at Lochearn House B&B, Lochearnhead Preheat oven to 375°F, 170°C, Gas Mark 5 Grease and line an 8in cake tin (preferably loose based) CAKE 6 oz butter or soft margarine 6oz caster sugar 6oz self raising flour 3 eggs, lightly beaten ½ pint double cream, whipped Walnut halves or fresh fruit to decorate

St Fillans Quiz Night £10 per head to help provide funds for

The Sandison Hall on Friday 14th October at 7:30 pm Teams of six people Refreshments will be provided but bring your own wine Donations of raffle prizes will be welcomed Get your teams together and let Johnston Brown know you are coming on 685268

COFFEE SYRUP 8oz sugar ¾ pint water 1-2 tablespoons brandy (optional) 3 tablespoons liquid coffee (1 dessertspoon instant coffee in 3 tablespoons boiling water)

St. Angus’s Charity Quiz at the Watersports Centre on Thursday 27th October at 7.00pm

Teams of 4 can apply to take part and further details will be available from Mary Barclay on 01567-830453. Proceeds to Falls of Dochart Retirement Home in Killin. A buffet will also be available. Thanks to Laura and Martin of the Watersports Centre for allowing us to use their facilities and for donating the buffet.

Method Cream sugar and butter till pale and creamy. Gradually add the beaten egg, mixing thoroughly and with the last of the egg add a spoonful of flour. Fold in remaining flour, pour mixture into tin and smooth top. Bake 45-50 mins until well risen and golden. Meanwhile make the syrup, ready to pour over the warm cake so that it will be properly absorbed. Dissolve the sugar in the water over low heat. Remove from heat and add brandy and coffee. As soon as the cake is baked, remove it from the tin and place it onto a dish with a lip so that all the syrup is contained. Pierce all over with a skewer then gradually pour over the coffee syrup. Refrigerate overnight, then cover with whipped cream and either halved walnuts or fresh fruit.

Scottish Wildlife Trust, Callander Member’s Centre Diary Tuesday 11 October Honey Bees: breeding challenges in Scotland by Magnus Peterson, local beekeeper Tuesday 8 November Beavers: the Knapdale Reintroduction Trial by Simon Jones, SWT Project Manager All meetings are open to members and non-members and are held in St Andrew’s Church Hall, Leny Road, Callander at 7:30pm. Cost £2 includes refreshments, free for full-time students. More details on the organisation can be found at


Scottish Wildlife Trust Red Squirrels: The Callander Frontier was presented by Lewis Pate, SWT Project Officer, fulfilling his remit to educate (and entertain) the public. The red squirrel was once a common sight throughout mainland Britain but today is absent from most of England, Wales and parts of Southern Scotland. Scotland’s remaining 120,000 represent ~75% of the UK population. Once again man has contributed; the Highland Squirrel Club, est1903, shot 82,000 over thirty years and estates shot thousands more to prevent damage to trees. Habitat is now being conserved to counter the impact of large monoculture plantations and property development. However, reds remain under threat from the larger grey squirrel, introduced from North America in the 19th century, and able to out-compete reds for food and habitat. More significantly, it carries the squirrelpox virus that does not harm them but is lethal to reds. Some reds have developed antibodies but immunity cannot evolve fast enough: infection kills in fifteen days. The method of transmission is uncertain but may be via fleas and ticks. A vaccine is under development but its application is another challenge. Did you know? Red squirrels in the UK today comprise 23 sub-species, introduced from across Europe in the late 18th and early 19th centuries. Those cute ear tufts are not universal and there is a wide colour variation in their red/brown fur and dark to blond tails (not necessarily those of Scandinavian origin!). They can have two litters per year (February and June), usually of 3-4 young, with 36-42 days’ gestation, weaned in 7-10 weeks and independent in 10-16 weeks. They are very agile, 4 fingers and 5 long toes making them very good climbers - a bonus when escaping pine martens. They moult twice per year, once from back to front and once in the opposite direction. They may nest in tree holes but usually build spherical dreys, often sharing up to six communal ones, and these are very well insulated, important since squirrels do not hibernate. They feed all year; initially scent marking their food caches but after weathering identification becomes more chaotic! Main foods are cones, beech and hazel nuts so their preferred habitat is conifer forests with a mix of Scots Pine, Norway and Sitka Spruce, larch and broadleaves, with a spread of age for a continuous food supply. Reds cover a wider range than greys and need 200ha of mixed habitat to maintain a healthy population, a monoculture of Sitka Spruce only supporting 10%. Peanuts are a good winter supplement but are high in potassium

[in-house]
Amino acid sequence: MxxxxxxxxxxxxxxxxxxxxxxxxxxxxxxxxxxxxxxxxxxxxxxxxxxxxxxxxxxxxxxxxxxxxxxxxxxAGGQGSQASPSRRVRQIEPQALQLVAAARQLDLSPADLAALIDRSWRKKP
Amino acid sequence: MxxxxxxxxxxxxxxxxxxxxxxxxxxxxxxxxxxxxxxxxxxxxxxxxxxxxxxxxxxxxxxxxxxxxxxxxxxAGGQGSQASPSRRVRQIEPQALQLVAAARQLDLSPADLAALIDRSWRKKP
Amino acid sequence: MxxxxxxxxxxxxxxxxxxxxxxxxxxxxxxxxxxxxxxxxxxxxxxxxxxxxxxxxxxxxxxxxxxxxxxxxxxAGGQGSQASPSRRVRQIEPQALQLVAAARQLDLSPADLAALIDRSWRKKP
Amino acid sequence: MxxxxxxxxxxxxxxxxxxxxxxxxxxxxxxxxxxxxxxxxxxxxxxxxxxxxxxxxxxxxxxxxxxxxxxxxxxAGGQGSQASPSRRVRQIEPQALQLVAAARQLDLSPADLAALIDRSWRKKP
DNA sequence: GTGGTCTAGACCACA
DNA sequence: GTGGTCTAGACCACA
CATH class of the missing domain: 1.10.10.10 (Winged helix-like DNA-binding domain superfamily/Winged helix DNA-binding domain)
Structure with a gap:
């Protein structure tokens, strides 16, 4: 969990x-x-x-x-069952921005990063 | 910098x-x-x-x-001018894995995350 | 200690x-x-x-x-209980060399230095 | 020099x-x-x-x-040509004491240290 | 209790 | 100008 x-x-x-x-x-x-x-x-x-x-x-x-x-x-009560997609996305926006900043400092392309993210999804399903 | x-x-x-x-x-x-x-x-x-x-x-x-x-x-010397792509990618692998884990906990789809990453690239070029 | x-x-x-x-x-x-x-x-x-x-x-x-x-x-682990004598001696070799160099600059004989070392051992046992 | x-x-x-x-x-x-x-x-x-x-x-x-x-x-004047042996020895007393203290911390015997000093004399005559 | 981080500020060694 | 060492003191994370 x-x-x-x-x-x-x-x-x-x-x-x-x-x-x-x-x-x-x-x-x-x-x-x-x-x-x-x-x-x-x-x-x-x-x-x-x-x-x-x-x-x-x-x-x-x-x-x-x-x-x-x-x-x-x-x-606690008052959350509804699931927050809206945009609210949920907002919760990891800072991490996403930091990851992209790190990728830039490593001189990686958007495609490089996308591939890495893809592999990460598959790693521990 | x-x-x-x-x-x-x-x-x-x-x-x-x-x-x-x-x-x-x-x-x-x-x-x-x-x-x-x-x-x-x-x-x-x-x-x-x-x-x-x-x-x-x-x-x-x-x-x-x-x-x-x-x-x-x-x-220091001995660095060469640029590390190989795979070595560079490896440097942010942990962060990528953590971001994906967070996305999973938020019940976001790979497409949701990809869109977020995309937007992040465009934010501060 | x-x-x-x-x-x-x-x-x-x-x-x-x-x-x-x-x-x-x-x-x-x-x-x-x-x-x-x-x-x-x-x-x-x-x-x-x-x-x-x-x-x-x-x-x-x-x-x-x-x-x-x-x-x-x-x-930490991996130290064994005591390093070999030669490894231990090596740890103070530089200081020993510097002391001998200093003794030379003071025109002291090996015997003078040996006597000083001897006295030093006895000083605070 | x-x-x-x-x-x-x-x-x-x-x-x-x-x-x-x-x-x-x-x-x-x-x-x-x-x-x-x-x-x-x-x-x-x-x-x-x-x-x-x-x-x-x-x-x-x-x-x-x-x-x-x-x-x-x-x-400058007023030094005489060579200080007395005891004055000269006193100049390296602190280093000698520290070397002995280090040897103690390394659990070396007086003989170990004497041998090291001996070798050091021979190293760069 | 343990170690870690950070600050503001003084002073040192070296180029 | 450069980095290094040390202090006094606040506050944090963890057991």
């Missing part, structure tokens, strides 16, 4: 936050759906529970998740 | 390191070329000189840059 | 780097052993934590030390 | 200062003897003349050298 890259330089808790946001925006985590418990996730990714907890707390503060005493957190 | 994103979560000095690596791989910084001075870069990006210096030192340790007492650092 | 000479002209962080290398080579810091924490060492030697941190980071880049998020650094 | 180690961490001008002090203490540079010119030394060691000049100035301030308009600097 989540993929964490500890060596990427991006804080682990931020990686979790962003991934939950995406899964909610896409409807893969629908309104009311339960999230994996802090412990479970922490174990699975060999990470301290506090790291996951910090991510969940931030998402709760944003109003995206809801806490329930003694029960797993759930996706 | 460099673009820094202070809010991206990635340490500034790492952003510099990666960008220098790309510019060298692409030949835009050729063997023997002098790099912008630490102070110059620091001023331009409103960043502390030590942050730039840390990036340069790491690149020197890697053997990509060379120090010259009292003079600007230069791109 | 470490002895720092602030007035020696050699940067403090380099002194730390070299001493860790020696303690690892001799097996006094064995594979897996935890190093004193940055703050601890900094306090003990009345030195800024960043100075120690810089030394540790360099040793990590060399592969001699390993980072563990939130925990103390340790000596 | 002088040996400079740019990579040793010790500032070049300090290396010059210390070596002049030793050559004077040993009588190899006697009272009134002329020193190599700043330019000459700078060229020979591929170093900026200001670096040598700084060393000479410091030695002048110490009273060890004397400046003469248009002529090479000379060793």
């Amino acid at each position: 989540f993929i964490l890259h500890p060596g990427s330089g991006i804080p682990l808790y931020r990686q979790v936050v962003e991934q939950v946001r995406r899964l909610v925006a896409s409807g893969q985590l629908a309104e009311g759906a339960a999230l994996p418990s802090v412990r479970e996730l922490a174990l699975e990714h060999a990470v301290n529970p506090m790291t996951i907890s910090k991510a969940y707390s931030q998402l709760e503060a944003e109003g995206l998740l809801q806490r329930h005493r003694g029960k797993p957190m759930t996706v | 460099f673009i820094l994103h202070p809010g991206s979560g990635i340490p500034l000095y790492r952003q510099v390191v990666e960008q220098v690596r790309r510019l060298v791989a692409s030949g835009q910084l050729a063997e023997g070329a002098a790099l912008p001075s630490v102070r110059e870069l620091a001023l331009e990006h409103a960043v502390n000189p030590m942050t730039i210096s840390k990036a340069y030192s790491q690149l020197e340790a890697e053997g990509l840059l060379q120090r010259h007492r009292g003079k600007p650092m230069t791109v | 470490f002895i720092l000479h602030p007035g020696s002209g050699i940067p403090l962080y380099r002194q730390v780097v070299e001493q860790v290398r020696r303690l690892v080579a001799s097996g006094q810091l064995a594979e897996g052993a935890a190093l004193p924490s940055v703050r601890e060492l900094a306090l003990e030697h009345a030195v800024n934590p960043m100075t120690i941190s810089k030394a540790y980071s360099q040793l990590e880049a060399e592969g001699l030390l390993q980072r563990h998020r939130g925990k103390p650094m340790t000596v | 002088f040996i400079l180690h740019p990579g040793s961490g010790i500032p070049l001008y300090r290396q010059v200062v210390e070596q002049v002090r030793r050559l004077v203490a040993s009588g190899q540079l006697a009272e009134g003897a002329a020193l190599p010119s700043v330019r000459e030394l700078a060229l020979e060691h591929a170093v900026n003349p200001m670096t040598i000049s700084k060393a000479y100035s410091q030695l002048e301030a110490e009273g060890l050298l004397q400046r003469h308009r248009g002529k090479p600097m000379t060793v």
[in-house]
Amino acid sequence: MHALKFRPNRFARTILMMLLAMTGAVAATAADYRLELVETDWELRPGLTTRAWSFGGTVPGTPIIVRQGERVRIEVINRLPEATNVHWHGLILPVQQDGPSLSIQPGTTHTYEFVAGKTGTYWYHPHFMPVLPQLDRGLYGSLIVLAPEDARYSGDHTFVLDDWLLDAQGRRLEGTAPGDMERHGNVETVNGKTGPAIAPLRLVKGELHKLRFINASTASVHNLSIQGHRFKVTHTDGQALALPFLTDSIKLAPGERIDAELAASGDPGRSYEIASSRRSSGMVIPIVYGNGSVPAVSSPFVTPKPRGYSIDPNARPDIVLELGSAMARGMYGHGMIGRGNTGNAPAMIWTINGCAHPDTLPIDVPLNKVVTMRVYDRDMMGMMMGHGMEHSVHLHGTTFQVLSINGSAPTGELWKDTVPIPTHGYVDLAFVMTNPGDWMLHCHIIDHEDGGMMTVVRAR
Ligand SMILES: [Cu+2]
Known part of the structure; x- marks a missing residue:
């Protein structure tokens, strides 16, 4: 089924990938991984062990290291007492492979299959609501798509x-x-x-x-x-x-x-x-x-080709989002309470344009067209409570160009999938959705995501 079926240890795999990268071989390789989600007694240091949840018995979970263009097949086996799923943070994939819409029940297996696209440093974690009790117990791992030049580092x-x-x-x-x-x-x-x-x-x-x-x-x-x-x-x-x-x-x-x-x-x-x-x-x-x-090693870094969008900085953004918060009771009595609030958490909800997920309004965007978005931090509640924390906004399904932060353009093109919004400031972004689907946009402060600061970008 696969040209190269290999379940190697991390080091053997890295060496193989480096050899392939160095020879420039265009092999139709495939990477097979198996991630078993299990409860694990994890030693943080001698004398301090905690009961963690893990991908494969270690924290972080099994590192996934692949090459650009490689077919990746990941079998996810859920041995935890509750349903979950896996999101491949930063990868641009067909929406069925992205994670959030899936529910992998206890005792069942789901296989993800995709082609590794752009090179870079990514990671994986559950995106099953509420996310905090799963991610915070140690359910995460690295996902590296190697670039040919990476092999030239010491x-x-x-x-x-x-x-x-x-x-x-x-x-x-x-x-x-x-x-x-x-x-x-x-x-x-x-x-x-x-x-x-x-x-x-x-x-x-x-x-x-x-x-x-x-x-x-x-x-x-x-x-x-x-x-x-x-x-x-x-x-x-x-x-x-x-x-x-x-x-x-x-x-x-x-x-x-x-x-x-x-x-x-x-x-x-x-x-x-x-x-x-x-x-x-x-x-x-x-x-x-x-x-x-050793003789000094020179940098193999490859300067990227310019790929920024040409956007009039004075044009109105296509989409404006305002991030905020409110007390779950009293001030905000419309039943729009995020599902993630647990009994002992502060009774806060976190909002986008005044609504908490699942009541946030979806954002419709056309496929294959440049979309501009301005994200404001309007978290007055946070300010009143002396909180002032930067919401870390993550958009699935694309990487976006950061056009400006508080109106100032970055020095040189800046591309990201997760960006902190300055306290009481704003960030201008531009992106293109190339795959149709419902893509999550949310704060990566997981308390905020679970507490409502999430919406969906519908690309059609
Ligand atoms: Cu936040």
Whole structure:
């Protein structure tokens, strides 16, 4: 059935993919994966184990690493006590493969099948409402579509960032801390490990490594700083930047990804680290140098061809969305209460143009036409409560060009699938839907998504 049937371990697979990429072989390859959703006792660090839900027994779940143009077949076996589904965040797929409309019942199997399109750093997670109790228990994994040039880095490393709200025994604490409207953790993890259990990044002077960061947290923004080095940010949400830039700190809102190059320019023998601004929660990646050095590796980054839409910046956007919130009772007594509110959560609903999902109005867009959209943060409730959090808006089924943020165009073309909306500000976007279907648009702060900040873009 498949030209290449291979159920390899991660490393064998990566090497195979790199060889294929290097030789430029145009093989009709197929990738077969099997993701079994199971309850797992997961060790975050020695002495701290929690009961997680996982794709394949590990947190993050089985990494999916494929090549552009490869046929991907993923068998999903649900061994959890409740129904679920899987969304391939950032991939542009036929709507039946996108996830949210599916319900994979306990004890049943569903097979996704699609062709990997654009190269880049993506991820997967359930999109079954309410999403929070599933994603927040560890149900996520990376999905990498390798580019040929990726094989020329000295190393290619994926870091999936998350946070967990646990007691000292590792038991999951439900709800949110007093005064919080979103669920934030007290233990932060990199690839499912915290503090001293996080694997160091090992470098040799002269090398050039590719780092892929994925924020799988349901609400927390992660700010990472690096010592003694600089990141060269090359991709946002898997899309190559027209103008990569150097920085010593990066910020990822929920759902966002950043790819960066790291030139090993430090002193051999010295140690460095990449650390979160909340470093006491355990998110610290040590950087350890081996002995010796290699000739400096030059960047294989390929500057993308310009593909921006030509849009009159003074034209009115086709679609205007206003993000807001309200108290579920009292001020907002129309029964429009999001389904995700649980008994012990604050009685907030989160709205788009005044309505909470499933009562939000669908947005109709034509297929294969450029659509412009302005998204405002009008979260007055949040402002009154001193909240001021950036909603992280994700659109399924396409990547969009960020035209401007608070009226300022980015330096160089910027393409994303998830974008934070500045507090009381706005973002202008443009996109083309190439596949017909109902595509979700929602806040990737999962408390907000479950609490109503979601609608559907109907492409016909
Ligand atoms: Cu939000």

A very perky and tufty Red Squirrel at Loch Eck